Thursday 28 August, 2014

Men, women”s immune systems respond differently to post-traumatic stress disorder

Published On: Wed, Apr 27th, 2011 | Immunology | By BioNews

Two studies have found that men and women”s immune systems respond differently to chronic post-traumatic stress disorder.

The studies by researchers at the San Francisco VA Medical Center and the University of California, San Francisco, found that while men showed no response, women on the other hand showed a strong response.

While a robust immune response protects the body from foreign invaders, such as bacteria and viruses, an over-activated response causes inflammation, which can lead to such conditions as cardiovascular disease and arthritis.

The authors took blood samples from 49 men (24 with PTSD and 25 controls) and 18 women (10 with PTSD and 8 controls).

They then used gene microarray technology to determine which genes were activated in the subjects” monocytes, which are immune cells that regularly cross the barrier between the bloodstream and the brain, and thus give a broad picture of immune reaction in both the body and brain.

“We were looking for evidence of inflammation caused by immune activation,” lead author Thomas Neylan, MD, director of the PTSD program at SFVAMC and a professor in residence of psychiatry at UCSF, explained.

“We know that people with PTSD have higher rates of cardiovascular disease and arthritis, which are diseases associated chronic inflammation.

“We also hoped that seeing which genes were expressed in PTSD might show us potential therapeutic approaches that we hadn”t thought of,” he said.

The researchers found no evidence of increased immune activation among the men with PTSD compared to those without PTSD. In contrast, the women with PTSD showed significant evidence of immune activation compared to women without PTSD.

“Previous gene microarray studies on PTSD grouped men and women together, which gave inconclusive results,” senior investigator Lynn Pulliam, MS, PhD, chief of microbiology at SFVAMC and professor of laboratory medicine and medicine at UCSF, said.

“This is the first time that it”s been shown that men and women respond differently to PTSD on a very basic biological level,” she said.

Neylan characterized the finding as “unexpected”, and said the researchers do not know why there seems to be such a marked difference between men and women.

However, in another study, they analysed data collected from the same subjects to explore one possible explanation: gender differences in cell signalling pathways.

“We know that gene expression patterns are determined by hormones and proteins that are circulating in the body, and we know that some of those hormones and proteins are produced in response to signals from the brain or central nervous system,” explained lead author Aoife O”Donovan, PhD, a researcher in psychiatry at SFVAMC and UCSF.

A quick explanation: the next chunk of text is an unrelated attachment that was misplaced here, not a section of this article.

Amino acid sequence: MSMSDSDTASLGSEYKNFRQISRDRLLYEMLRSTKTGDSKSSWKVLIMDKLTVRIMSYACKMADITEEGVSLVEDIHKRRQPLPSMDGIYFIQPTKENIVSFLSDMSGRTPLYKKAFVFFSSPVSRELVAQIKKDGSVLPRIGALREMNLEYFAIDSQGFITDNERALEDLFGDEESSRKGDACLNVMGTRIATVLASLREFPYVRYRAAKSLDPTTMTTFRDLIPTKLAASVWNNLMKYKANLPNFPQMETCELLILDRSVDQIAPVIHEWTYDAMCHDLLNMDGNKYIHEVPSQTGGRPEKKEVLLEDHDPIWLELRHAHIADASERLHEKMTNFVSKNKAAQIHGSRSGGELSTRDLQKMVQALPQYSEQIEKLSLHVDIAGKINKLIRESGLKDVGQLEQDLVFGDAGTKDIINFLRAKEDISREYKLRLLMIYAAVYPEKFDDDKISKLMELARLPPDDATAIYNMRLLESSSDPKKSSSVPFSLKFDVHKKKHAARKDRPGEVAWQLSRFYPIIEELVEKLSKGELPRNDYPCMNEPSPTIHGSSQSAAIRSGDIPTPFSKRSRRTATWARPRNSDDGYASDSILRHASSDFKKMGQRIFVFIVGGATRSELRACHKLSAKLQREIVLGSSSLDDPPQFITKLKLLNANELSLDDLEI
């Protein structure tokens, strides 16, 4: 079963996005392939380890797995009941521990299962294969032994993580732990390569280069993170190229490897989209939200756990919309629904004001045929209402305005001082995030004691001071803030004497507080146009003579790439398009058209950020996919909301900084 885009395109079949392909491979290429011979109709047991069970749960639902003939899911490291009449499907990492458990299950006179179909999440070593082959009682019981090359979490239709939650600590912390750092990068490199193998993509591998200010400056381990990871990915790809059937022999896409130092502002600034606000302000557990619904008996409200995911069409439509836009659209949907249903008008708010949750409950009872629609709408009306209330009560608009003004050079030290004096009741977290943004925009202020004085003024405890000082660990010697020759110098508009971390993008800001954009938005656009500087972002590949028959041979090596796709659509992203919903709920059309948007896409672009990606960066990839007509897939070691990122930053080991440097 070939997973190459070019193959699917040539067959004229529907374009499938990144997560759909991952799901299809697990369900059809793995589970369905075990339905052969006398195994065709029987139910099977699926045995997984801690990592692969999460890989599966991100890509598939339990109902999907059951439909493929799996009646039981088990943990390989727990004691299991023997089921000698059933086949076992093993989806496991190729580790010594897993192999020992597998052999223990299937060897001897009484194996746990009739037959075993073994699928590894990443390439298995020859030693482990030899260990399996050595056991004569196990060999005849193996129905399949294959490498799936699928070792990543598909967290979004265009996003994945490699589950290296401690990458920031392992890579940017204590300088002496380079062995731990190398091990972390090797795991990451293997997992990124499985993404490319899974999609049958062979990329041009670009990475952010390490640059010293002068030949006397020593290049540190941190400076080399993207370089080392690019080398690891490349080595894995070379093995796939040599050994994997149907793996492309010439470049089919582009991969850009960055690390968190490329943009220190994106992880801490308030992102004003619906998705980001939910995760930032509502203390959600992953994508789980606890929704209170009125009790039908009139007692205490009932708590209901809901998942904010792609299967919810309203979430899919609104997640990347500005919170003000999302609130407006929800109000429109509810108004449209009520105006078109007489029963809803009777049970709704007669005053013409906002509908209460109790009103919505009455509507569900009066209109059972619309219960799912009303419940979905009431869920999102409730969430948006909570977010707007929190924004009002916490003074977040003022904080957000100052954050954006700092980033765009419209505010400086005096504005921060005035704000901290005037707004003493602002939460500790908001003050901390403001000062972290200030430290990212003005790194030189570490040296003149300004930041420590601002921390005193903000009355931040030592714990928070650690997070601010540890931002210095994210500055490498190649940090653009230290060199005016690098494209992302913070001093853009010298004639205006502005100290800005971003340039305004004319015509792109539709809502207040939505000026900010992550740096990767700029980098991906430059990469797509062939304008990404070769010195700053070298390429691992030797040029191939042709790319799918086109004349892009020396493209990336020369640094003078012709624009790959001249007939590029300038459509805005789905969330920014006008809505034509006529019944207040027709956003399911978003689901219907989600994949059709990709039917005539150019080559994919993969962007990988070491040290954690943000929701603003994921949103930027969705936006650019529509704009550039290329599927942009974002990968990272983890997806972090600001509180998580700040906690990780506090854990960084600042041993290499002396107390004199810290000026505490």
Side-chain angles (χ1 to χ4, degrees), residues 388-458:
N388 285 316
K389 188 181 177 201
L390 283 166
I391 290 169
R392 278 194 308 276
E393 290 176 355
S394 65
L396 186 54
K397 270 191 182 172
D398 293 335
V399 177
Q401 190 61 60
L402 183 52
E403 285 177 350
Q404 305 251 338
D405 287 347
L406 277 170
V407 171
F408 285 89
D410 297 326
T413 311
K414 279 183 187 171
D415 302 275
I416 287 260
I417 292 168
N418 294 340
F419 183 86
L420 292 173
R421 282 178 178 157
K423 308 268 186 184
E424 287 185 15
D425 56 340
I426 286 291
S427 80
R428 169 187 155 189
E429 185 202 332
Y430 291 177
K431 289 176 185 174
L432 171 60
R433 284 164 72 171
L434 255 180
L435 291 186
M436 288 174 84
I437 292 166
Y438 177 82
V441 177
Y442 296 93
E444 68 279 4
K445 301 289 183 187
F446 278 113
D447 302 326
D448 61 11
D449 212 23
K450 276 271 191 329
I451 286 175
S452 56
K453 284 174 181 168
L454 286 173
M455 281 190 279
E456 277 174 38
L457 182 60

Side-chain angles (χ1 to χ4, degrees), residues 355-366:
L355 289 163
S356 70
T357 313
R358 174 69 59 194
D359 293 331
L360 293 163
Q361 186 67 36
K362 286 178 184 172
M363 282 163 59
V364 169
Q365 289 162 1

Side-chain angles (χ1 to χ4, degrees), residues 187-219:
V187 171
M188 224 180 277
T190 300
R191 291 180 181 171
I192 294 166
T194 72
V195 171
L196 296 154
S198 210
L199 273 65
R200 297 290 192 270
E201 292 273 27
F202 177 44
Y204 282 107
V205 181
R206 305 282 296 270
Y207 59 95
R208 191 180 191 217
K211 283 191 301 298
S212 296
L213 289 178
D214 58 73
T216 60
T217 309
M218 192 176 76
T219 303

“These signalling pathways are used by the brain and central nervous system to communicate with the immune system and tell immune cells what to do,” O”Donovan said.

The researchers used sophisticated bioinformatics software to look at three different signalling pathways associated with inflammation: NF-kappa B, glucocorticoid receptor (GR), and CREB/ATF.

In the NF-kappa B and GR pathways in both men and women with PTSD, they found evidence of signalling that could promote inflammation.

In the CREB/ATF pathway, however, they found what O”Donovan called “totally contrasting” effects: men with PTSD had increased signalling, which in turn could possibly lead to less inflammation, while women with PTSD had decreased signalling, which could lead to more inflammation.

“This particular pathway might be a clue to the gender difference in monocyte gene expression in PTSD,” Pulliam said.

O”Donovan cautioned: “It”s still very early, but these bioinformatics results are telling us something about how PTSD could increase the risk for autoimmune disorders like arthritis as well as cardiovascular disease, cancer, and other diseases of aging.”

“They also point us in the direction of some potential treatment targets, telling us where future investigative energy might be well spent,” O”Donovan said.

Neylan emphasized that because of the small sample size, particularly among the women, the results of the two studies are suggestive rather than conclusive.

“The next step is to look at larger groups of men and women, and we are working on that,” he stated.

The studies have been published in the January 2011 issue (posted in April 2011) of the journal Disease Markers and March 2011 issue of Brain, Behaviour, and Immunity.

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